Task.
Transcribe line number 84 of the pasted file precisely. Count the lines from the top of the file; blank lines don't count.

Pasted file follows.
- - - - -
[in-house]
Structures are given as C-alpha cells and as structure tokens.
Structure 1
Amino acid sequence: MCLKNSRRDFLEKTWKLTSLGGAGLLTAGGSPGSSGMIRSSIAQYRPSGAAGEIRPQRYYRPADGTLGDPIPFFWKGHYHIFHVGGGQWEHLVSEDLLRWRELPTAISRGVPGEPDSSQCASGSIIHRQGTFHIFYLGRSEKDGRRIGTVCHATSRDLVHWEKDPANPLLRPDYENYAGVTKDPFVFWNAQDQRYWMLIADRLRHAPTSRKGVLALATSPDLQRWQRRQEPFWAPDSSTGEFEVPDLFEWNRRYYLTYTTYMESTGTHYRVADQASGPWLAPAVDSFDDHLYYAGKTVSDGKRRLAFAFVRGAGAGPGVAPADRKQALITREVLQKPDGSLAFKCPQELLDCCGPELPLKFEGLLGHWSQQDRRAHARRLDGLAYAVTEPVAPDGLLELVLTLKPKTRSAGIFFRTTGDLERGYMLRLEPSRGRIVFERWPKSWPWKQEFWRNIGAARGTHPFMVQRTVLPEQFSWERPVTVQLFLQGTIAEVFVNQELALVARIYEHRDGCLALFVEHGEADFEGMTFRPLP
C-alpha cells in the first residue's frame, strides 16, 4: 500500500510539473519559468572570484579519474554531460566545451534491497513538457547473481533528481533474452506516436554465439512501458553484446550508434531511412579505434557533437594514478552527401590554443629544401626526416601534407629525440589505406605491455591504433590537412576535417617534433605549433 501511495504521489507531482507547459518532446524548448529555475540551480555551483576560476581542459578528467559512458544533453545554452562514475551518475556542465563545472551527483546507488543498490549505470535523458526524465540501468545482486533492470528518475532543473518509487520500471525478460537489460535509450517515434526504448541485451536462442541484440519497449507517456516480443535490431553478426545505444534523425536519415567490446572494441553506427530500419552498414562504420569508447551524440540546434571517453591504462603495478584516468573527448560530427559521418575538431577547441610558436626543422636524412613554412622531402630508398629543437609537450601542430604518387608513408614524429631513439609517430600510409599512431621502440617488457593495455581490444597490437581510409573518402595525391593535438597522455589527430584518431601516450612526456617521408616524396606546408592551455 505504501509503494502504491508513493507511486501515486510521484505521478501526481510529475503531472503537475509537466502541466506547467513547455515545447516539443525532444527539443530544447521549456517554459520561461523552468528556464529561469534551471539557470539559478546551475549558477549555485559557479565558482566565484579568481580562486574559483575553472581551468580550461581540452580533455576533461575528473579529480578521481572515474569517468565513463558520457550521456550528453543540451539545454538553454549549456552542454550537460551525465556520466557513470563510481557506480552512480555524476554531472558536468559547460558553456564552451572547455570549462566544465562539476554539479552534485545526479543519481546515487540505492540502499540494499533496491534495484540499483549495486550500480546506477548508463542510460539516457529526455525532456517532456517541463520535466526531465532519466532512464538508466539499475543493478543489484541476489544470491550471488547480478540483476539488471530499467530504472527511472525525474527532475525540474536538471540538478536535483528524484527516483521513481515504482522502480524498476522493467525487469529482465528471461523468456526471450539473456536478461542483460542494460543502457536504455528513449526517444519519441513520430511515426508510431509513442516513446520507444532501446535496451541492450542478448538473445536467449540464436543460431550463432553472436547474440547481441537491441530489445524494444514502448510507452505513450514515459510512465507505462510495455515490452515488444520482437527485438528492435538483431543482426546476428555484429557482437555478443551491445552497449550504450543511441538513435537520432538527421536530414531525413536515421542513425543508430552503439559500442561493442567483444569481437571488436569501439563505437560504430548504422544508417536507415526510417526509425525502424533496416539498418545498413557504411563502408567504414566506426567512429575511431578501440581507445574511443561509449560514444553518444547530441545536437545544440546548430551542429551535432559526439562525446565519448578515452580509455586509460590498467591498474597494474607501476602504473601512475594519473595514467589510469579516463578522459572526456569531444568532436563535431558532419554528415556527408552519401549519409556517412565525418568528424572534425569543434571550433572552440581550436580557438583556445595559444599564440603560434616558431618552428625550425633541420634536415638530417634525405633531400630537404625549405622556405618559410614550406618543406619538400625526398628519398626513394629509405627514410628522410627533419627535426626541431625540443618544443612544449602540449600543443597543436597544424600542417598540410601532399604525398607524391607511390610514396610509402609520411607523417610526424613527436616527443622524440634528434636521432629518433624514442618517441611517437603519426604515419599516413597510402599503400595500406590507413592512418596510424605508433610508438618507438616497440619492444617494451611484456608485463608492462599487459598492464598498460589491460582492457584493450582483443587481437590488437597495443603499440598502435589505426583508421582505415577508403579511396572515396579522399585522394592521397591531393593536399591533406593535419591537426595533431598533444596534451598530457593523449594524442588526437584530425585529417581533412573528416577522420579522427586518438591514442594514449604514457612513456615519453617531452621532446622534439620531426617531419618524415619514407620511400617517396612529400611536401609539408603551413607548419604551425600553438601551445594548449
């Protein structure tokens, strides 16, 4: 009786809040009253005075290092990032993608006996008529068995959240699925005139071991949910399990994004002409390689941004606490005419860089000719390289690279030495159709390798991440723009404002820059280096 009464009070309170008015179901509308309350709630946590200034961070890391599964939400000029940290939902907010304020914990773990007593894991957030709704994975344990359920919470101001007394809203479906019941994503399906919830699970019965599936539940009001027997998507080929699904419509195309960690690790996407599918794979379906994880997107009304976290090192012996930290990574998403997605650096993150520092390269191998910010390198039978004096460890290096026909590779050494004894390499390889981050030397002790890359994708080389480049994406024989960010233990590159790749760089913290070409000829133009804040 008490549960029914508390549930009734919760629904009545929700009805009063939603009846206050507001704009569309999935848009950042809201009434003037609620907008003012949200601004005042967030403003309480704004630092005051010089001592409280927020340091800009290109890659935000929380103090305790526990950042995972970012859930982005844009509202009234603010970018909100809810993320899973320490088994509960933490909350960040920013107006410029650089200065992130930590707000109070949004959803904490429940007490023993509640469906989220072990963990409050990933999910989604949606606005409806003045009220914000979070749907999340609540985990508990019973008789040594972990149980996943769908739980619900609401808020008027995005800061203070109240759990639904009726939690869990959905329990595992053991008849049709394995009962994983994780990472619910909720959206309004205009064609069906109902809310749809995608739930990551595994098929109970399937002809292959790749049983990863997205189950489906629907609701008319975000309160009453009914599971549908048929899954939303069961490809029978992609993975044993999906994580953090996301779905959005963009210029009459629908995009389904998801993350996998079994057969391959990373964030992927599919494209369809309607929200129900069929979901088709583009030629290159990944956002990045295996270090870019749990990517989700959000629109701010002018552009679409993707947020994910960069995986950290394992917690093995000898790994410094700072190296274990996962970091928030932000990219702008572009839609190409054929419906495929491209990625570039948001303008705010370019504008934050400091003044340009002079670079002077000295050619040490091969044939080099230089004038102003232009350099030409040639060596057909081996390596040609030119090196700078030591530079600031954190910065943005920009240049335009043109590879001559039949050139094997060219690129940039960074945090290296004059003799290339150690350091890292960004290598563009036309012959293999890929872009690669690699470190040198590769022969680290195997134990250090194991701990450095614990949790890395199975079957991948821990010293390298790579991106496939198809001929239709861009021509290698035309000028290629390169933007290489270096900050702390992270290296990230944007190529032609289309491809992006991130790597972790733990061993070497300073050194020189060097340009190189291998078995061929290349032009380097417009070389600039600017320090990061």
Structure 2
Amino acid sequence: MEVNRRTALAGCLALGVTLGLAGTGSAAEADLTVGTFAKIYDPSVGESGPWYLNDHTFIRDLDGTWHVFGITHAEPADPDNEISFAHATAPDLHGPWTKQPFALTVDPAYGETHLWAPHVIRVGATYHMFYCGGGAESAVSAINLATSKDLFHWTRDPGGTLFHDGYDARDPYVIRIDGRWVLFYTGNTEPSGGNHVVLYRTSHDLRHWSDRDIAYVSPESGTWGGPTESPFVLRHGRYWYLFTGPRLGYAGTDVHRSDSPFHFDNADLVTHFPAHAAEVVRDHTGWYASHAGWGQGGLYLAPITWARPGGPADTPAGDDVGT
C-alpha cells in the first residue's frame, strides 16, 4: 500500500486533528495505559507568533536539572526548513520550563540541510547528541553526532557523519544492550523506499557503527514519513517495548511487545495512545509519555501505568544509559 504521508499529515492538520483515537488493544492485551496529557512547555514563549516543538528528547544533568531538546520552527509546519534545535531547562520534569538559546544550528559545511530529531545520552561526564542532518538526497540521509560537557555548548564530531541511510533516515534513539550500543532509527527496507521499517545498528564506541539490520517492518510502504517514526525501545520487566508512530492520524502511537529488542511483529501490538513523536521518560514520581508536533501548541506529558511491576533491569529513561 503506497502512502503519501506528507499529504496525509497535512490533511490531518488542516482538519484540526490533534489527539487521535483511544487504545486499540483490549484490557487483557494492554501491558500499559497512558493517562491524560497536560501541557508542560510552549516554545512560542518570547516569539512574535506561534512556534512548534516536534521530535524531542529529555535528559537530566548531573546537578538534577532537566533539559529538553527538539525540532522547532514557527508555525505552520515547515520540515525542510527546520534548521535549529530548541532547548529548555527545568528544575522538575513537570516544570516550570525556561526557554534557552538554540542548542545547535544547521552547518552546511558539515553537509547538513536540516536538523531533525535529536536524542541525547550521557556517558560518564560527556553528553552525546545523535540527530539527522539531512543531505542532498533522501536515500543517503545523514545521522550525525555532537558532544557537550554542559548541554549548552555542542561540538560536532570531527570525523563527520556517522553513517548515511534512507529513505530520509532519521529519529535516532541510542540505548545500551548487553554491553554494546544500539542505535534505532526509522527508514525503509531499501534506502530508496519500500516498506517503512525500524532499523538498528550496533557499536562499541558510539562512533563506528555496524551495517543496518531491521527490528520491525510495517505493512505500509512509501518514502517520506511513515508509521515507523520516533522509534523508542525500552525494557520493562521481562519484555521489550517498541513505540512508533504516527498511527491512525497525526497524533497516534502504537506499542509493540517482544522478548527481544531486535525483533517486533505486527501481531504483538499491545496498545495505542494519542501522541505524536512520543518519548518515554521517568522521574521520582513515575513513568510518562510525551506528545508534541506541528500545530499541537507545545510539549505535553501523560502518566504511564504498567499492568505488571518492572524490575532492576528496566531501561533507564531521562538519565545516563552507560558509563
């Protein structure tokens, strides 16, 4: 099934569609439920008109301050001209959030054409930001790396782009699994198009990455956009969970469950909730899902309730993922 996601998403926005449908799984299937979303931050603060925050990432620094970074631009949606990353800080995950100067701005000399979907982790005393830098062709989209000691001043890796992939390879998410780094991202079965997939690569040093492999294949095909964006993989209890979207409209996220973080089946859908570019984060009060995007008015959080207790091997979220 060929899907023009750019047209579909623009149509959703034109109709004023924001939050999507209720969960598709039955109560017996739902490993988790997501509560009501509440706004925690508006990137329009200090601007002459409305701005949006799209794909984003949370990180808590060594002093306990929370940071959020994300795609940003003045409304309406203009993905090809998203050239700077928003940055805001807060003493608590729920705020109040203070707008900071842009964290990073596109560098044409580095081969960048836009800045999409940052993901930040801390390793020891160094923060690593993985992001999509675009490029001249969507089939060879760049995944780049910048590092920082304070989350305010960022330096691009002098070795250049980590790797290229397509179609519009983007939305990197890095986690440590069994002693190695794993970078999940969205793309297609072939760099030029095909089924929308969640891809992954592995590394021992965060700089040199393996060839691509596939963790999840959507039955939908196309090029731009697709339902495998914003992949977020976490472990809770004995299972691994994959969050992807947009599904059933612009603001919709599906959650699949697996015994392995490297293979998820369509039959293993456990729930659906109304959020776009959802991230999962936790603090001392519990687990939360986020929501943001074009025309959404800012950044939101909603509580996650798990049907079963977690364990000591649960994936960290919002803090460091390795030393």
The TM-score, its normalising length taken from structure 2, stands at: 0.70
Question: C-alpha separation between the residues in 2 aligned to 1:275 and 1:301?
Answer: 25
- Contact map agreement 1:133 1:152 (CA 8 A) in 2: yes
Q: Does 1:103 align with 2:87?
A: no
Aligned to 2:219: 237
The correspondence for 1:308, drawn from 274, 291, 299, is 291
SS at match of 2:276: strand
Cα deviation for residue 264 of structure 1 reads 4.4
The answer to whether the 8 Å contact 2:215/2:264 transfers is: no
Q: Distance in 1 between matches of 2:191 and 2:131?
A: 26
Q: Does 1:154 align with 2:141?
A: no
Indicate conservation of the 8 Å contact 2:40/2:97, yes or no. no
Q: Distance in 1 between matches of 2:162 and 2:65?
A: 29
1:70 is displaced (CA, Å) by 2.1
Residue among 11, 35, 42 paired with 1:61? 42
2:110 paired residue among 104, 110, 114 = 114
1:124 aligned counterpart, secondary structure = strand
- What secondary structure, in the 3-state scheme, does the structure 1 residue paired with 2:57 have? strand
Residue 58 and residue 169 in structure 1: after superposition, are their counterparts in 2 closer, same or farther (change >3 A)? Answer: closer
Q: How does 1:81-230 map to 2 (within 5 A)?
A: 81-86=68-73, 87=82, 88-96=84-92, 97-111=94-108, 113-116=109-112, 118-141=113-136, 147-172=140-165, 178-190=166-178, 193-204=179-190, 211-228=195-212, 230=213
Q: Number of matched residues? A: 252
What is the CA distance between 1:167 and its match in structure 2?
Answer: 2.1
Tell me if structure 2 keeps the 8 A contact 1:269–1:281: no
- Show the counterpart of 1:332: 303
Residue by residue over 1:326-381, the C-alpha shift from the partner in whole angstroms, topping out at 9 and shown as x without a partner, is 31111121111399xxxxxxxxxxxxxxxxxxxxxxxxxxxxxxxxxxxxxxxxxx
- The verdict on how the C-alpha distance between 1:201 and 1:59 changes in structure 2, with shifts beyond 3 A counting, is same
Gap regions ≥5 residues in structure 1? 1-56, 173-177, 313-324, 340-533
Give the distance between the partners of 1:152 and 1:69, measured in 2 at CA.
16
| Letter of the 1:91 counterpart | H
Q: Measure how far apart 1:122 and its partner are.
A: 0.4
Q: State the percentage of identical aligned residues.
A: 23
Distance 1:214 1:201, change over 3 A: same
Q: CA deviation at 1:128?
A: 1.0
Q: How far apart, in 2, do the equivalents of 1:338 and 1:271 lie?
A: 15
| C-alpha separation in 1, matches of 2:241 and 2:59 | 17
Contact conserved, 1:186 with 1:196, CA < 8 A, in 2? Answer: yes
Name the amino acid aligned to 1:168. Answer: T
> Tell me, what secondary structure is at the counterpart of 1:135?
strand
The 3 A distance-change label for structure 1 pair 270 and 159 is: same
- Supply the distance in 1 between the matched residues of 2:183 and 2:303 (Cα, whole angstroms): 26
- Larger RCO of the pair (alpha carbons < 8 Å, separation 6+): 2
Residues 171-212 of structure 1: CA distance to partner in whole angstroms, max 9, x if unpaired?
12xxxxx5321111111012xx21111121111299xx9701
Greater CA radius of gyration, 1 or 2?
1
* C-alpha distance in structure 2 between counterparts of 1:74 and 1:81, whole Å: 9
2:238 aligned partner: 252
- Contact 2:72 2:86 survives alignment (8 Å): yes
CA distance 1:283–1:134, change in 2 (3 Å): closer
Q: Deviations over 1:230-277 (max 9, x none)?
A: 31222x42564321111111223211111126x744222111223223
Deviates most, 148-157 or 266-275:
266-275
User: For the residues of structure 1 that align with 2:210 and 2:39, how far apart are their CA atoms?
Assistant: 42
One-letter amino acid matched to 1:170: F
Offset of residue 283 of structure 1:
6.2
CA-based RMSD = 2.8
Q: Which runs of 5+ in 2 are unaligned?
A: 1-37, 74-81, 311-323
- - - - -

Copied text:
A: 1-37, 74-81, 311-323